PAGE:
A Baptist church has been closed down in Russia only weeks after a senior official praised the contribution Protestants had made to the country’s culture during a speech marking the 500th anniversary of the Reformation.
The owners of the church in Tula, central Russia, were charged with “improper use of the building”, according to Asia News, and fined 10,000 rubles (US$166) each.
The church had been operating without restriction since the collapse of communism in 1991 but, since the introduction of the Yarovaya Law – dubbed an “anti-missionary law” – in 2016, it had been “subjected to prohibitions and restraints similar to Soviet times”, Asia News said.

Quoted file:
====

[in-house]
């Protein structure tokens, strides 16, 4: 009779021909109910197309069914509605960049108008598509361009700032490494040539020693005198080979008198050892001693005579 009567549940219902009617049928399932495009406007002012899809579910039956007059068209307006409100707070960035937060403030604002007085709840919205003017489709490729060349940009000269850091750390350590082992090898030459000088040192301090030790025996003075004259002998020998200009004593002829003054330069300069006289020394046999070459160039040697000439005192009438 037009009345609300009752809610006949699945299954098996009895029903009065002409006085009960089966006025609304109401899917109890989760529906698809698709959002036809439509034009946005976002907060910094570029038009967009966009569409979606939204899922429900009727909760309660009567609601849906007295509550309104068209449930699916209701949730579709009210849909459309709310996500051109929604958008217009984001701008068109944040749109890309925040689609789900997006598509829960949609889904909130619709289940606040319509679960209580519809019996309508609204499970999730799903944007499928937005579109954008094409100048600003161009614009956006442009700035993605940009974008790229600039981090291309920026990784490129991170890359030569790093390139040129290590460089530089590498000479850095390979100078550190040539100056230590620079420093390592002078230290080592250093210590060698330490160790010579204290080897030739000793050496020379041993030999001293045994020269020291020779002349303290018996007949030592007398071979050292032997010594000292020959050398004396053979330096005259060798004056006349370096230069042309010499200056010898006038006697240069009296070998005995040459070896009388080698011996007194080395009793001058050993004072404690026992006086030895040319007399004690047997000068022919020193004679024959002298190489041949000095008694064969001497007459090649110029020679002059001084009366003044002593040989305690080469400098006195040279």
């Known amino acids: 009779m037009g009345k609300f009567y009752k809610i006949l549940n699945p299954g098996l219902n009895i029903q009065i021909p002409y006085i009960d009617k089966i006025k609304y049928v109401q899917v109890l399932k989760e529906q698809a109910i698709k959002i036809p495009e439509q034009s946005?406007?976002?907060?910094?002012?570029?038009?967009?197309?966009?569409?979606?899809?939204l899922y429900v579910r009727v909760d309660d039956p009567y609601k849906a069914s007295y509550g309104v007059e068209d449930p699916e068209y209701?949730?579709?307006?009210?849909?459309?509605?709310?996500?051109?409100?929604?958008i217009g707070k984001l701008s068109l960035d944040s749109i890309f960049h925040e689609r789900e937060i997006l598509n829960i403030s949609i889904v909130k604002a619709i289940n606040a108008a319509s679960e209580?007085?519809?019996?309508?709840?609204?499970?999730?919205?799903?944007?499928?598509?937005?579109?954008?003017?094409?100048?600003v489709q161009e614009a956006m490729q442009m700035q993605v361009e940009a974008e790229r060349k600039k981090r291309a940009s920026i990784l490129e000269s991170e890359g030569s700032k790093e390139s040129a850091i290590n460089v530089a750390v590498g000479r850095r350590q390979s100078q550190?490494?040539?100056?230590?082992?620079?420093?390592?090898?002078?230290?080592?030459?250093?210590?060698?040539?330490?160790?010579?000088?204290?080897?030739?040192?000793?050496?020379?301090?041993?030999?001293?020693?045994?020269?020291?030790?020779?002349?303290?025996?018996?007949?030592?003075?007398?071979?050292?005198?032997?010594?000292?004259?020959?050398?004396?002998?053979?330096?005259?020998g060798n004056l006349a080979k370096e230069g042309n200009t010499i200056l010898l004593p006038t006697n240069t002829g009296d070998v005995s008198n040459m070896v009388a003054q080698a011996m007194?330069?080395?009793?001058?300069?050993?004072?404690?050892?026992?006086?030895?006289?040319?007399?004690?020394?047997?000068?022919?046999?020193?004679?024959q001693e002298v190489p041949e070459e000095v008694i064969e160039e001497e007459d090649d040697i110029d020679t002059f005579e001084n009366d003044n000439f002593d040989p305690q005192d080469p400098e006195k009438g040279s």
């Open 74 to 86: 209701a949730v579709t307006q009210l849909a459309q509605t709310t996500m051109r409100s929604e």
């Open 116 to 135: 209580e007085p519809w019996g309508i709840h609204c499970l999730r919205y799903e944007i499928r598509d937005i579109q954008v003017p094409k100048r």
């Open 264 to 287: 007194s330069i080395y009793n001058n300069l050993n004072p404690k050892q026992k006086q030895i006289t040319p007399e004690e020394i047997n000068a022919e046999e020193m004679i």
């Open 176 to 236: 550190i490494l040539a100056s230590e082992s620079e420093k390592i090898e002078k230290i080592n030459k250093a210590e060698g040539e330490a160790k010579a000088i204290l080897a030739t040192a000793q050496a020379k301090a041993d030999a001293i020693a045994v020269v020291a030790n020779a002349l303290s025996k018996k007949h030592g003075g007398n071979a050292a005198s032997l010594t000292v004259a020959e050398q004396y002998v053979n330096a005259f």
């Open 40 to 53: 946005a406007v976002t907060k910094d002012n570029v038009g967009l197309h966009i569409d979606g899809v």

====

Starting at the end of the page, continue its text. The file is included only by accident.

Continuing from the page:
The authorities moved against the church after it placed a sign above the door reading ‘Church of Tula CCEB’, together with timetables for worship. It was reported that the regional inspector who closed down the church also issued a warning against other religious communities, saying that the measure “was a trial run for similar confiscations throughout the region”.
Religious persecution watchdog Open Doors, which had welcomed First Deputy Chief Sergei Kiriyenko’s Reformation speech praising Protestants, went on to say at the time that “it really needs to be seen if the Kremlin includes [evangelical groups like the Baptists] in their note of approval”.
Meanwhile, the Archbishop of Canterbury, is scheduled to pay a “ground-breaking visit” to Moscow on 20 November for talks with the Patriarch of the Russian Orthodox Church, reports The UK’s Times newspaper. The main focus of the three-day visit will be on joint efforts to help Christians facing persecution in the Middle East, closer co-operation on social and moral issues and strengthening ecumenical links between the main denominations.